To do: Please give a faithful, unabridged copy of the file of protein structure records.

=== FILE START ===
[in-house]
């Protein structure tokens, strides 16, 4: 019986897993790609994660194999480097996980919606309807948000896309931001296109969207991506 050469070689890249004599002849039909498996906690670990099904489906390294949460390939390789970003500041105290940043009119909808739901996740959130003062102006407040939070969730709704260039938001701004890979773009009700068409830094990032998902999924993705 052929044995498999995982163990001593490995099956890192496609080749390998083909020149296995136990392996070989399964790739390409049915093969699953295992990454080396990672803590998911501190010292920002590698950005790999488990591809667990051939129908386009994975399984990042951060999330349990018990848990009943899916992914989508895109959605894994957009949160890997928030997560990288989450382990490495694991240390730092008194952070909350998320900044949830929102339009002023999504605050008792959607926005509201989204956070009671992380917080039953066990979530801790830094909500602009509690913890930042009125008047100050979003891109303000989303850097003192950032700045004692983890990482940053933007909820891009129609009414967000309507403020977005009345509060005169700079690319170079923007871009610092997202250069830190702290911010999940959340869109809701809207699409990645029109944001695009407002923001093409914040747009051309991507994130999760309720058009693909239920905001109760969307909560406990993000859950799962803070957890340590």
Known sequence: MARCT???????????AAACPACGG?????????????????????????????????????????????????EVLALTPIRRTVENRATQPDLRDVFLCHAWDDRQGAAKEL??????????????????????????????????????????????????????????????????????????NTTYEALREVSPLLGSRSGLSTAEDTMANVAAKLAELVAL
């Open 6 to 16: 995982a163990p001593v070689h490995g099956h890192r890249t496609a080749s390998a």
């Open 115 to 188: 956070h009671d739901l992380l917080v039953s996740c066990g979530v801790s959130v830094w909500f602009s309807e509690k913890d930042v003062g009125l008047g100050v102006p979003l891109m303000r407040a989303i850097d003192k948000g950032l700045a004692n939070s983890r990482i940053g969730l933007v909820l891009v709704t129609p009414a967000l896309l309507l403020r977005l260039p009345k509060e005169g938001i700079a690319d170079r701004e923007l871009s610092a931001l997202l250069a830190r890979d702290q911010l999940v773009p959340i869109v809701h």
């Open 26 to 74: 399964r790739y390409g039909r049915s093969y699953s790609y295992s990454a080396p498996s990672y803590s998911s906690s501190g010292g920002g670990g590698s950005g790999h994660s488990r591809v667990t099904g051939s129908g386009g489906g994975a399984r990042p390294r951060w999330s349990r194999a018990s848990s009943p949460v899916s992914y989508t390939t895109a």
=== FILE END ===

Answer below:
[in-house]
């Protein structure tokens, strides 16, 4: 019986897993790609994660194999480097996980919606309807948000896309931001296109969207991506 050469070689890249004599002849039909498996906690670990099904489906390294949460390939390789970003500041105290940043009119909808739901996740959130003062102006407040939070969730709704260039938001701004890979773009009700068409830094990032998902999924993705 052929044995498999995982163990001593490995099956890192496609080749390998083909020149296995136990392996070989399964790739390409049915093969699953295992990454080396990672803590998911501190010292920002590698950005790999488990591809667990051939129908386009994975399984990042951060999330349990018990848990009943899916992914989508895109959605894994957009949160890997928030997560990288989450382990490495694991240390730092008194952070909350998320900044949830929102339009002023999504605050008792959607926005509201989204956070009671992380917080039953066990979530801790830094909500602009509690913890930042009125008047100050979003891109303000989303850097003192950032700045004692983890990482940053933007909820891009129609009414967000309507403020977005009345509060005169700079690319170079923007871009610092997202250069830190702290911010999940959340869109809701809207699409990645029109944001695009407002923001093409914040747009051309991507994130999760309720058009693909239920905001109760969307909560406990993000859950799962803070957890340590």
Known sequence: MARCT???????????AAACPACGG?????????????????????????????????????????????????EVLALTPIRRTVENRATQPDLRDVFLCHAWDDRQGAAKEL??????????????????????????????????????????????????????????????????????????NTTYEALREVSPLLGSRSGLSTAEDTMANVAAKLAELVAL
């Open 6 to 16: 995982a163990p001593v070689h490995g099956h890192r890249t496609a080749s390998a």
């Open 115 to 188: 956070h009671d739901l992380l917080v039953s996740c066990g979530v801790s959130v830094w909500f602009s309807e509690k913890d930042v003062g009125l008047g100050v102006p979003l891109m303000r407040a989303i850097d003192k948000g950032l700045a004692n939070s983890r990482i940053g969730l933007v909820l891009v709704t129609p009414a967000l896309l309507l403020r977005l260039p009345k509060e005169g938001i700079a690319d170079r701004e923007l871009s610092a931001l997202l250069a830190r890979d702290q911010l999940v773009p959340i869109v809701h």
């Open 26 to 74: 399964r790739y390409g039909r049915s093969y699953s790609y295992s990454a080396p498996s990672y803590s998911s906690s501190g010292g920002g670990g590698s950005g790999h994660s488990r591809v667990t099904g051939s129908g386009g489906g994975a399984r990042p390294r951060w999330s349990r194999a018990s848990s009943p949460v899916s992914y989508t390939t895109a």